She ploughed on with her story. "Anyway, there is a reason why that tree is so special to them. These birds - ravens -"

"Crows," Vicky put in helpfully.

"- Crows would land on the tree, countless of them, every morning and evening. This was for the sole reason of holding a competition. A competition to see which of them could - could sky-dive the best -"


"Yes. Now stop interrupting!"

She saw that Vicky was suitably chagrined. But Emma knew that she was clutching at straws. She was prolonging the inevitable, the moment when her imagination would fail and expose this pathetic story-telling endeavour of hers.

"It was a difficult competition to win. The rav - crows had to settle on the topmost branches of the tree. There they would fold their wings and drop like a stone to the ground. But before that could happen, each competitor had to unfold his wings and fly away. Or he'll hit the ground, like this -"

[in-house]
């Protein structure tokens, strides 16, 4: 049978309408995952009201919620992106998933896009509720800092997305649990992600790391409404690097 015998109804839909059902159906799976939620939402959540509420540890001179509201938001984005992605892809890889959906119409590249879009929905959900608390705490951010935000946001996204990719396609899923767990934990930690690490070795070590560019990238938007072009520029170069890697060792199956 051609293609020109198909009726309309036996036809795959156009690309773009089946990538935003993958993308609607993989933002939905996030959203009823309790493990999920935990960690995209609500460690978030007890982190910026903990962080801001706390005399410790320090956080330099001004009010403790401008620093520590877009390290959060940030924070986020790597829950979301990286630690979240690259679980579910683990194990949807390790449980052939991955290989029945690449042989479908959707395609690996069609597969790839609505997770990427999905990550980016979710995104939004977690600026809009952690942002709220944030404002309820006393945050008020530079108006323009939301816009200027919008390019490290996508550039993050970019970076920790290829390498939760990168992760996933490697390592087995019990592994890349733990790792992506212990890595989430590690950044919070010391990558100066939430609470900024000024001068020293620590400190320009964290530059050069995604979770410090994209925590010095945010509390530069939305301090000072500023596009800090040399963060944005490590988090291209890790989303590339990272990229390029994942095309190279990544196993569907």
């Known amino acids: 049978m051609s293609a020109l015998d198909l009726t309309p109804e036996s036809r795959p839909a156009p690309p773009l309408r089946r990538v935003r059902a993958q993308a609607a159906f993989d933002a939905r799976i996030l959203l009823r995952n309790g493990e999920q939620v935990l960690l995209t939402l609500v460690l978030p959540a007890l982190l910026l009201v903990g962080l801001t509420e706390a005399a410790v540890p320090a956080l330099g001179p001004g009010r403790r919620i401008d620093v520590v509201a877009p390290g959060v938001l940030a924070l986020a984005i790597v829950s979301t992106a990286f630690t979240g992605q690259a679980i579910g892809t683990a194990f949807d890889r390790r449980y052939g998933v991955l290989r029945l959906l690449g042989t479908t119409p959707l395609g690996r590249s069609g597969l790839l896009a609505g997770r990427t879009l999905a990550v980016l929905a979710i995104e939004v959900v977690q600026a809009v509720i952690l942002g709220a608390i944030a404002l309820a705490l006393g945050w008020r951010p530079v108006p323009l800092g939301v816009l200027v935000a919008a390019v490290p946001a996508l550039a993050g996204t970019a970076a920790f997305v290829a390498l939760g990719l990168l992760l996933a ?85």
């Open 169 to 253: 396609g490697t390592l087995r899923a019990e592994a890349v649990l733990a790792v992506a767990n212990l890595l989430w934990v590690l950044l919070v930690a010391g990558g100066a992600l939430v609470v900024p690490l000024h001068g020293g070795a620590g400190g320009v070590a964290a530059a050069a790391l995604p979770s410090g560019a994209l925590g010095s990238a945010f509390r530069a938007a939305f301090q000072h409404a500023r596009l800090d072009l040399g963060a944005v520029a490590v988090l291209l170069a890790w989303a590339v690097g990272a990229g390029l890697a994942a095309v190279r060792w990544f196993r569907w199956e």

Emma scurried for the book she had been reading, opened it and laid it faced-down on the bed to demonstrate her point. She was strangely proud over her ability to provide such an example.

Vicky looked as if she was on the verge of saying something, but finally chose to keep silent.

"Now there was this one crow who wanted to win, although he had no intentions to injure himself because of the competition. So he had to find some sort of help somehow. This crow, we'll call him - Caw. Caw knew that ordinary help wouldn't matter so he went to specially ask, ask - Zephyr, God of the West Wind for aid."

Outside, the lightning storm had subsided totally.

"Caw flew to the westernmost part of the land where the god lived, to ask for an audience. Now, Zephyr didn't have a body; people simply feel a strong wind blowing at them when he talked. So when Zephyr spoke to Caw, Caw was almost blown away."

Emma stopped to look at Vicky. The little girl's head on her hand, and she had settled into a sleeping position.